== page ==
Analysis: Isn't that for smart people?

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"Analysis is the difficult part of a business improvement project". "Analysts are really smart people that are hyper intelligent" and "analysis can not be trained". Those are some of the preconceptions project teams have to fear the analysis work that needs to be done on a process improvement project.

None of these are true. First of all many people confuse analysis with all those complex statistical tools that, for example, six sigma makes you believe you should apply. Many analytical techniques are not statistical and in business process improvement projects it is the group of techniques I use the least.

There is a wide variety of analytical techniques you can apply to a project. But only few are the silver bullets. Of course I could try to cut this article short by giving you the list. The problem is the silver bullet techniques are dependent on the type of improvement project. Sarbanes-Oxley for example is a type of process improvement project; focused solely on risk mitigation and putting financial controls in place. Another type of process improvement project is a lean project; focused on the reduction of waste. Waste of time, waste of space, waste of materials, etc. Each of these requires a unique set of analytical techniques. Apply the wrong technique and the outcome is different than expected. Applying 6-sigma -as in the parts per million standard deviation- in a lean project may provide interesting results but is unlikely to yield a reduction in waste of time, space or materials as six sigma is focused on reducing variance of the outcomes (i.e. improve the predictability of a process).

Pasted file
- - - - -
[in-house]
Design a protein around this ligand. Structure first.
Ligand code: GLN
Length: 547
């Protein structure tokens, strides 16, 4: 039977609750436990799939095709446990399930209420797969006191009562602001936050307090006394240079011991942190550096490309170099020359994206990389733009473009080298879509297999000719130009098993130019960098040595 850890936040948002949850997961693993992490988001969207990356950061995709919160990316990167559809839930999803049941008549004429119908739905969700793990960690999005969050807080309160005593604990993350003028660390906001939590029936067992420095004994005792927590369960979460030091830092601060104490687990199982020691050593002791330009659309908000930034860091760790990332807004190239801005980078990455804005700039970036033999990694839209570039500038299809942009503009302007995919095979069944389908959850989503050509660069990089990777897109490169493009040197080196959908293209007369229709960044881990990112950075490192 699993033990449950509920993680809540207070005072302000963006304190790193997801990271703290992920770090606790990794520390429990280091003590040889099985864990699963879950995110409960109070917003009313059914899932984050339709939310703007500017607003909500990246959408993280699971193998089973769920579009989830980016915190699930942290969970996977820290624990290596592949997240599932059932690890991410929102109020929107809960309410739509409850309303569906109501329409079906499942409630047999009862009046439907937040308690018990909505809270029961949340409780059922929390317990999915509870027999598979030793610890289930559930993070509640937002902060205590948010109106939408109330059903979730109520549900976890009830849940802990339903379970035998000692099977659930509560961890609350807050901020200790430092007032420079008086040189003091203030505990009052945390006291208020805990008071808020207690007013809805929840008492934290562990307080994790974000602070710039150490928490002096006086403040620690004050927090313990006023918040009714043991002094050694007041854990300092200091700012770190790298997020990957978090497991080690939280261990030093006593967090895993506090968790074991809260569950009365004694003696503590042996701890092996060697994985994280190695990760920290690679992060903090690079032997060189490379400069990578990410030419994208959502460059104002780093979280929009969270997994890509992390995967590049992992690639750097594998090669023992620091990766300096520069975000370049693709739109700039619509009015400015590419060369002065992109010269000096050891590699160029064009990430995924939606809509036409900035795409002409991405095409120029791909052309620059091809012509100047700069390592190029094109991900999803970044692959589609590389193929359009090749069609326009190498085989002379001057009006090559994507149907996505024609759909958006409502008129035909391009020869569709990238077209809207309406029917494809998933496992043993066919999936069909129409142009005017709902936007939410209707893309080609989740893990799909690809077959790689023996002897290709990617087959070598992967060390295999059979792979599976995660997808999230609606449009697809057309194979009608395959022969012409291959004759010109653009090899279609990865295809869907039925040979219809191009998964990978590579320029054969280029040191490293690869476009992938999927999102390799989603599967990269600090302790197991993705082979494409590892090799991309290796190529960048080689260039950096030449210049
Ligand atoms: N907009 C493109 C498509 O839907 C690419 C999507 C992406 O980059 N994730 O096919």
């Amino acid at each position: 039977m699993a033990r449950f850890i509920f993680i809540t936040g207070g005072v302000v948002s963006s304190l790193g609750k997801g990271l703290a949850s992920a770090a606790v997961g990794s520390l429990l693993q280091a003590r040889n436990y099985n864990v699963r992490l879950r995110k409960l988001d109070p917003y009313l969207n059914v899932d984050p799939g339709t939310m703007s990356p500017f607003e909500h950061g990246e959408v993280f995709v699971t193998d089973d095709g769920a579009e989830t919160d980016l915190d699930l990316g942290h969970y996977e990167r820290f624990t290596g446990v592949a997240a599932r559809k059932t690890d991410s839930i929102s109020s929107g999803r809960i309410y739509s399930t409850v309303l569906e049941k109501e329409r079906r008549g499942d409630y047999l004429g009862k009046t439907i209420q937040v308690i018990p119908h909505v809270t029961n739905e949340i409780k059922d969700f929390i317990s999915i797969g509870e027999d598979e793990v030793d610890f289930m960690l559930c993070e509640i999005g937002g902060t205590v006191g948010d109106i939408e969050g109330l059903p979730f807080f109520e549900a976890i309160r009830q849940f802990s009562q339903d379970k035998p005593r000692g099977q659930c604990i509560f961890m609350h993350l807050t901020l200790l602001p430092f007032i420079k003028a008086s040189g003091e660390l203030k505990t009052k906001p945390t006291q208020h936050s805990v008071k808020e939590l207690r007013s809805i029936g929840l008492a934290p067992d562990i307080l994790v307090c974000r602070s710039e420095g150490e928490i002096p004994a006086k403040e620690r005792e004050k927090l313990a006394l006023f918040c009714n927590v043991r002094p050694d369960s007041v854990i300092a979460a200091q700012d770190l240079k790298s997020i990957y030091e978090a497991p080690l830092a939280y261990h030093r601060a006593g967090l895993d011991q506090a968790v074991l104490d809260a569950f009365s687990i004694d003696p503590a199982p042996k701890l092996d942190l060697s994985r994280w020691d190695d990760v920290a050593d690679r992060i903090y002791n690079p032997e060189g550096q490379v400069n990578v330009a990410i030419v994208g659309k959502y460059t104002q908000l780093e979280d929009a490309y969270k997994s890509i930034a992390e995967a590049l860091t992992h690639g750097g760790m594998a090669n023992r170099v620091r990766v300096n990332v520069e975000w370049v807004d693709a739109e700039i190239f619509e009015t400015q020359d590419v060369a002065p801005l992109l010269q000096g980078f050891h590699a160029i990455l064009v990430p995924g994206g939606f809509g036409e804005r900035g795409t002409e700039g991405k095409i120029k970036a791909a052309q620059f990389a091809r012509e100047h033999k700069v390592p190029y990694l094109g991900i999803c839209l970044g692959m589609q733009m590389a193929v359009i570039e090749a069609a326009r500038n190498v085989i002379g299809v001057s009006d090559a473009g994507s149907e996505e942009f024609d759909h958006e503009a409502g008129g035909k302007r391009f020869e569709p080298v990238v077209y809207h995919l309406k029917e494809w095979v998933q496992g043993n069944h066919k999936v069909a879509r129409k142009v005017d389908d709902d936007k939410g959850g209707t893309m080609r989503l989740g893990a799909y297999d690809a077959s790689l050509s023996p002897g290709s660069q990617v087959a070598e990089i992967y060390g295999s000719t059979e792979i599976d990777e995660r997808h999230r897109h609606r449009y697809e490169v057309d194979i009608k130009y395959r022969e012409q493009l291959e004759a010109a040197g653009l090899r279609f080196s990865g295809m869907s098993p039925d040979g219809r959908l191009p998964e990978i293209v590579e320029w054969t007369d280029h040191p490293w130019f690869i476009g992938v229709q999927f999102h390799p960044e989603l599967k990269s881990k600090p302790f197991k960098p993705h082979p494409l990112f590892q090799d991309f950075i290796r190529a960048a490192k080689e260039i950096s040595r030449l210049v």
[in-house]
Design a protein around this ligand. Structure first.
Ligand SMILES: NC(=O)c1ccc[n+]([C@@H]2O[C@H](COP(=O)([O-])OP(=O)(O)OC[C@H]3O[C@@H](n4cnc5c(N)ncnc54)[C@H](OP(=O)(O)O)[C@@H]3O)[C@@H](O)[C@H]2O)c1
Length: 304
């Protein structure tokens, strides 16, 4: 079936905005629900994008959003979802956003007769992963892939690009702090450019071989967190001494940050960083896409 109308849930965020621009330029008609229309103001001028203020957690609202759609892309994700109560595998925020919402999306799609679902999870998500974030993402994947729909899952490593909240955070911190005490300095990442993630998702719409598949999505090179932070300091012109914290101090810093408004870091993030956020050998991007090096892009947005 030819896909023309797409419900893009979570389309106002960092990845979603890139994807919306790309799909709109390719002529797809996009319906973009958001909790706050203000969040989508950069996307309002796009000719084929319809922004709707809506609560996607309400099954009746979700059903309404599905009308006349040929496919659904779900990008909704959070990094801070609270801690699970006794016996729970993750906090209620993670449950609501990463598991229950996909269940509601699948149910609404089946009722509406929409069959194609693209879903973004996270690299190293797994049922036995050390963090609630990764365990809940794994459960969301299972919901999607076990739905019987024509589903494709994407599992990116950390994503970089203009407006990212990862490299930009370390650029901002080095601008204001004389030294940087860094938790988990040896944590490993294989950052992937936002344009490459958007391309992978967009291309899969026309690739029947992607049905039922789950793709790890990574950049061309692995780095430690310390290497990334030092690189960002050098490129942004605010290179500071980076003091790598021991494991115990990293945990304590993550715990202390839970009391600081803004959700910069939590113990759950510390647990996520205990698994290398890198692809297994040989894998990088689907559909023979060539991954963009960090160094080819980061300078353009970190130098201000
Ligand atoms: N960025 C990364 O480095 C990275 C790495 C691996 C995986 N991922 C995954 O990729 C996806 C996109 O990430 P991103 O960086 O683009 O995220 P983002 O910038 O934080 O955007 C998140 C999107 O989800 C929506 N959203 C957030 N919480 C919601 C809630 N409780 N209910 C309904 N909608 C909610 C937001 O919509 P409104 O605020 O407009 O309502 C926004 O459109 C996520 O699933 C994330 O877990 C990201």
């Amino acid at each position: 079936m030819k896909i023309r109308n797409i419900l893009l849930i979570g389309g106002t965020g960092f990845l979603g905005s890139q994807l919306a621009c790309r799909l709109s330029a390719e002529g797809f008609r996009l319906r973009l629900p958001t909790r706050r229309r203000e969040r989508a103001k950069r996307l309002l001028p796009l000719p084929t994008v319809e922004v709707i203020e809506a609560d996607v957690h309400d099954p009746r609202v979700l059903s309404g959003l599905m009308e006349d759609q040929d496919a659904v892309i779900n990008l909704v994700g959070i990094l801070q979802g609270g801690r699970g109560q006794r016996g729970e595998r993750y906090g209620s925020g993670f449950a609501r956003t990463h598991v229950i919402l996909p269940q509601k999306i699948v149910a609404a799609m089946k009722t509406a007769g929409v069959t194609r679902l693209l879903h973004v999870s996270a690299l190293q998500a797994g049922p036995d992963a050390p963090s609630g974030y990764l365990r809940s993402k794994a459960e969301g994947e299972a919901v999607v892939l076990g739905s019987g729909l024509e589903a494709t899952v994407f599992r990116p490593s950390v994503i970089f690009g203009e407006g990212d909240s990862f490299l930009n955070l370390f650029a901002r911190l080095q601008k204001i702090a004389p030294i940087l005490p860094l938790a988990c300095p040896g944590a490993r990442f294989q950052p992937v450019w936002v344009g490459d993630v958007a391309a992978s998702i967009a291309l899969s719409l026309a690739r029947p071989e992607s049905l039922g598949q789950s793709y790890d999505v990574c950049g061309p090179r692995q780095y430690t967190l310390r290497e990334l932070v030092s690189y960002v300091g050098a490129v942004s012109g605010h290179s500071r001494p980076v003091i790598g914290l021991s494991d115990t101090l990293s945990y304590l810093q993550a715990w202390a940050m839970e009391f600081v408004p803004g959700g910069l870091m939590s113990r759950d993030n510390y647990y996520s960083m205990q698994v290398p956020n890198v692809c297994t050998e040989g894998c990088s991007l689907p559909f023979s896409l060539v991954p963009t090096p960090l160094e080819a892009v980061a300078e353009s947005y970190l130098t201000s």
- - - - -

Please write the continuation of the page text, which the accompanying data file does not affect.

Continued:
What we have noticed on many process improvement projects is that the analytical techniques can be classified in 3 types:

  • Performance; the Performance class focuses on the more classical view of statistical analysis. Examples of techniques are Pareto analysis, six sigma, analysis of variance, mean, sample rates. An important requirement for the performance techniques: Process data.

  • Structural; the Structural class focuses on the way processes are organized and integrated. Example techniques are value-add analysis, missing link/gross disconnect analysis, and redundancy tests. The key requirement for this group of techniques is a deep and wide understanding of the end-to-end processes.

  • Practices; the practices class focuses on standard ways to do things. Example techniques are best practice assessment and bleeding edge assessment. The requirement for this class is knowledge on industry trends, experience sharing across industries and vision of key industry direction.

For each project you will likely apply at least one technique from every class.